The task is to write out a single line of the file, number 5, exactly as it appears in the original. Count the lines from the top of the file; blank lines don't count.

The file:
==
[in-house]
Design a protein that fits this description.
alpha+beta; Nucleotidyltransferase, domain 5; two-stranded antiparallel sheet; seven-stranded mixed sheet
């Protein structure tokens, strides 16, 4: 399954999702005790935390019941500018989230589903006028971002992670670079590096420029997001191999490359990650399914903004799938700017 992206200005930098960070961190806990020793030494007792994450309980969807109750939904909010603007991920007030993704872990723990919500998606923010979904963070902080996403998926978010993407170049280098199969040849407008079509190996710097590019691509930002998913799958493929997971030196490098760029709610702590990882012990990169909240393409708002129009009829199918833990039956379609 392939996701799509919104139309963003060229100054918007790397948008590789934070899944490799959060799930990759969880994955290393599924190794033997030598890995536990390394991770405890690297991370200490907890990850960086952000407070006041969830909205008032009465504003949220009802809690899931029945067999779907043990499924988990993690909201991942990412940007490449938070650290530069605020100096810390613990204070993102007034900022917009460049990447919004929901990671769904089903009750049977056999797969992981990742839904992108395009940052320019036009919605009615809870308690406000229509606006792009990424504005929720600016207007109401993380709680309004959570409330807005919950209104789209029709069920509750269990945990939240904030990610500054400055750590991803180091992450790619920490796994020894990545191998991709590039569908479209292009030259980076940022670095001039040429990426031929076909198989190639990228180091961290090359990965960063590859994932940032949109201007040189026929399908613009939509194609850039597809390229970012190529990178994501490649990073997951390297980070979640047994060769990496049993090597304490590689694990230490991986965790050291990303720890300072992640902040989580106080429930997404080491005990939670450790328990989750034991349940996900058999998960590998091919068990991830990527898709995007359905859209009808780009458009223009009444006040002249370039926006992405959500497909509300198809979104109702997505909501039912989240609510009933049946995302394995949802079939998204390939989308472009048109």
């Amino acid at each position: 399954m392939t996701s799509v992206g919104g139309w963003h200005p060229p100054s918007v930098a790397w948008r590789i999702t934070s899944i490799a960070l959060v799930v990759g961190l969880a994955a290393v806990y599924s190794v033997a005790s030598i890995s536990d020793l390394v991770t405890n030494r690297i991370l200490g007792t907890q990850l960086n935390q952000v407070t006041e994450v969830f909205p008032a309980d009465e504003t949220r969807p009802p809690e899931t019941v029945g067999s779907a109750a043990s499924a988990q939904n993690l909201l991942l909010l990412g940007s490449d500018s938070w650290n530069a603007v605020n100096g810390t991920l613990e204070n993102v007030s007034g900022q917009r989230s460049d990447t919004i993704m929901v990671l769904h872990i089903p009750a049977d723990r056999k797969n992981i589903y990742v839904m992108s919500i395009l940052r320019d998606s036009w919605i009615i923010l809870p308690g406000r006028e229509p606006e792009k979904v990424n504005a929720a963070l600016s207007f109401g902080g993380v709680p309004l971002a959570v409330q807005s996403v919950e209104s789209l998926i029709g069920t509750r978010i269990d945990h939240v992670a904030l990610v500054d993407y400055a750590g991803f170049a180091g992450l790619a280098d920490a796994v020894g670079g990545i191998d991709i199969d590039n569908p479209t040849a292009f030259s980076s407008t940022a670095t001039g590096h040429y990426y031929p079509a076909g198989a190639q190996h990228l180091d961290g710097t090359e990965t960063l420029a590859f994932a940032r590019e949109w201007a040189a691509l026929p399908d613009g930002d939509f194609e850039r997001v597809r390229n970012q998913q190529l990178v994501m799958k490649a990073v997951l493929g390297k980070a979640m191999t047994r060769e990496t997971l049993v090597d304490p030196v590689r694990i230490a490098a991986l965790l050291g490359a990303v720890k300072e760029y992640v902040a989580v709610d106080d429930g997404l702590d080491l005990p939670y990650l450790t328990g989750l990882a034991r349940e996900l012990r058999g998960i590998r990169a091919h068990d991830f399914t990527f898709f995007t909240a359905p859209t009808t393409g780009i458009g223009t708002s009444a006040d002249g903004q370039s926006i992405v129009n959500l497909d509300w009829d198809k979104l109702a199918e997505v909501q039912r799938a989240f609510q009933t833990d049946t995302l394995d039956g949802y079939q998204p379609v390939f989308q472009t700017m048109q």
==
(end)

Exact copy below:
């Amino acid at each position: 399954m392939t996701s799509v992206g919104g139309w963003h200005p060229p100054s918007v930098a790397w948008r590789i999702t934070s899944i490799a960070l959060v799930v990759g961190l969880a994955a290393v806990y599924s190794v033997a005790s030598i890995s536990d020793l390394v991770t405890n030494r690297i991370l200490g007792t907890q990850l960086n935390q952000v407070t006041e994450v969830f909205p008032a309980d009465e504003t949220r969807p009802p809690e899931t019941v029945g067999s779907a109750a043990s499924a988990q939904n993690l909201l991942l909010l990412g940007s490449d500018s938070w650290n530069a603007v605020n100096g810390t991920l613990e204070n993102v007030s007034g900022q917009r989230s460049d990447t919004i993704m929901v990671l769904h872990i089903p009750a049977d723990r056999k797969n992981i589903y990742v839904m992108s919500i395009l940052r320019d998606s036009w919605i009615i923010l809870p308690g406000r006028e229509p606006e792009k979904v990424n504005a929720a963070l600016s207007f109401g902080g993380v709680p309004l971002a959570v409330q807005s996403v919950e209104s789209l998926i029709g069920t509750r978010i269990d945990h939240v992670a904030l990610v500054d993407y400055a750590g991803f170049a180091g992450l790619a280098d920490a796994v020894g670079g990545i191998d991709i199969d590039n569908p479209t040849a292009f030259s980076s407008t940022a670095t001039g590096h040429y990426y031929p079509a076909g198989a190639q190996h990228l180091d961290g710097t090359e990965t960063l420029a590859f994932a940032r590019e949109w201007a040189a691509l026929p399908d613009g930002d939509f194609e850039r997001v597809r390229n970012q998913q190529l990178v994501m799958k490649a990073v997951l493929g390297k980070a979640m191999t047994r060769e990496t997971l049993v090597d304490p030196v590689r694990i230490a490098a991986l965790l050291g490359a990303v720890k300072e760029y992640v902040a989580v709610d106080d429930g997404l702590d080491l005990p939670y990650l450790t328990g989750l990882a034991r349940e996900l012990r058999g998960i590998r990169a091919h068990d991830f399914t990527f898709f995007t909240a359905p859209t009808t393409g780009i458009g223009t708002s009444a006040d002249g903004q370039s926006i992405v129009n959500l497909d509300w009829d198809k979104l109702a199918e997505v909501q039912r799938a989240f609510q009933t833990d049946t995302l394995d039956g949802y079939q998204p379609v390939f989308q472009t700017m048109q």